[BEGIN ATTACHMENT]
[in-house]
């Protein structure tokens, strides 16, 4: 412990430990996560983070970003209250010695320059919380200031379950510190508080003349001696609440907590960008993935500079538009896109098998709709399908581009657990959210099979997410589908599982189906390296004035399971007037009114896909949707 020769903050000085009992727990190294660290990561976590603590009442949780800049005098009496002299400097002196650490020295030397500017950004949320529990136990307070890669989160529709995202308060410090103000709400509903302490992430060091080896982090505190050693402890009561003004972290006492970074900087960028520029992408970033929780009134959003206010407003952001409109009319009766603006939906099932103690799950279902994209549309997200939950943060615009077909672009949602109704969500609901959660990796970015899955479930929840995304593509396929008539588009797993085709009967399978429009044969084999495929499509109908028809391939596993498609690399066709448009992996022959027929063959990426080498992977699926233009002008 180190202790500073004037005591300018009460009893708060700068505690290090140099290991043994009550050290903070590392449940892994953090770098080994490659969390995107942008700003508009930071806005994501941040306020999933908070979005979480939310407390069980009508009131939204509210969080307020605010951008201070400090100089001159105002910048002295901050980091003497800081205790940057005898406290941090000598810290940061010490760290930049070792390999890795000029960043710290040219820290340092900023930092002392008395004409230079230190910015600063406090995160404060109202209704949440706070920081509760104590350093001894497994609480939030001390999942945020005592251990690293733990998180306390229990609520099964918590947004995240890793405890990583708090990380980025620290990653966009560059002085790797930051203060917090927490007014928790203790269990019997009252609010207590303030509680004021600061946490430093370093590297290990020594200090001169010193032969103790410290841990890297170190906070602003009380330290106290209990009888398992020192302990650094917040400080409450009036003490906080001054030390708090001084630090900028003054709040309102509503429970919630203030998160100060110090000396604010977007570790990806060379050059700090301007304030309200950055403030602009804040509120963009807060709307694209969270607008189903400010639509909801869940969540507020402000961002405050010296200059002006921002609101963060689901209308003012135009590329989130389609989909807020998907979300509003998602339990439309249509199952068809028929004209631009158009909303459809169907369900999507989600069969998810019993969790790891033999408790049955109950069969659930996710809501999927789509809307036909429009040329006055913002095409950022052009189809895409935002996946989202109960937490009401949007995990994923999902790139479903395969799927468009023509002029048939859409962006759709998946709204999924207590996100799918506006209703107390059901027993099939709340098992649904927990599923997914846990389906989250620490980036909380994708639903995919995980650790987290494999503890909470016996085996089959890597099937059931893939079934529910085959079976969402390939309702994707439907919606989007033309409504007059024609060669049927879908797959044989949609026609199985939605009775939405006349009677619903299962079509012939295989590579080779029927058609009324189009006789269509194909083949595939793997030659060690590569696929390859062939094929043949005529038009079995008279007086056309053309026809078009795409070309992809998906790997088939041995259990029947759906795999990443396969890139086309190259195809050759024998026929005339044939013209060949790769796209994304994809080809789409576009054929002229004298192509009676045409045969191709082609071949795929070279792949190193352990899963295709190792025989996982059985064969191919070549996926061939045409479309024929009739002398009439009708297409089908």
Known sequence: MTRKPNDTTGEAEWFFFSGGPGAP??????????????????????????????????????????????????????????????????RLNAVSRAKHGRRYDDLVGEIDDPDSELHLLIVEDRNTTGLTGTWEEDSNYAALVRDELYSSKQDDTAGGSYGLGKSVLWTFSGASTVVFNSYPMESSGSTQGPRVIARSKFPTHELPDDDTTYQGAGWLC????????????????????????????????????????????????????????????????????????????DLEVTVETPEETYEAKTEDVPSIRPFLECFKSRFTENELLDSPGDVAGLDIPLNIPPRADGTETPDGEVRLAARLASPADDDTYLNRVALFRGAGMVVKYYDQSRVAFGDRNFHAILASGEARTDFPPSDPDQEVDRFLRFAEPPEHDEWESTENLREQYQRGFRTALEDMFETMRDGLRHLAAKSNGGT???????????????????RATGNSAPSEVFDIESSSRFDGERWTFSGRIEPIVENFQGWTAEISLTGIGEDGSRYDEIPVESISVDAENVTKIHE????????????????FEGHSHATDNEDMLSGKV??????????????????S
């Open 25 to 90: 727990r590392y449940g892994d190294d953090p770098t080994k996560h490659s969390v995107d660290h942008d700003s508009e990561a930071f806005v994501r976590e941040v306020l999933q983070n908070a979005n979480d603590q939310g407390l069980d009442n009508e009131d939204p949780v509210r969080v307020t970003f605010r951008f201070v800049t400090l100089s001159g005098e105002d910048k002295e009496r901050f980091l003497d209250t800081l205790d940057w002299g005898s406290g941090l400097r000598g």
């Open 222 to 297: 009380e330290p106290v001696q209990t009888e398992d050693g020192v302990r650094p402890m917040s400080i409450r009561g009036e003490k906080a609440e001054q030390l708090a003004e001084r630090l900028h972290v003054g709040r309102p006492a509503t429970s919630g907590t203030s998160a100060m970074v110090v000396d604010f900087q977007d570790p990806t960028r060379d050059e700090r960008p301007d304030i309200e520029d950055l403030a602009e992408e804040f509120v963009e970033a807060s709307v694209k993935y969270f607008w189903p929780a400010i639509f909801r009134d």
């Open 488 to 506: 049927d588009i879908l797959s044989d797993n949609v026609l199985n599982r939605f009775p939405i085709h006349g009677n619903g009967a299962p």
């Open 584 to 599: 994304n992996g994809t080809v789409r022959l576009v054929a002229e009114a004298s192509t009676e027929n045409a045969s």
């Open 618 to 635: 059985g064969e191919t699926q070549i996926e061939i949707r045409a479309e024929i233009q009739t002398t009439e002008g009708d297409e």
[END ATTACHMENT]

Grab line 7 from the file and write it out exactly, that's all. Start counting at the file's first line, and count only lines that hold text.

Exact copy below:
């Open 584 to 599: 994304n992996g994809t080809v789409r022959l576009v054929a002229e009114a004298s192509t009676e027929n045409a045969s």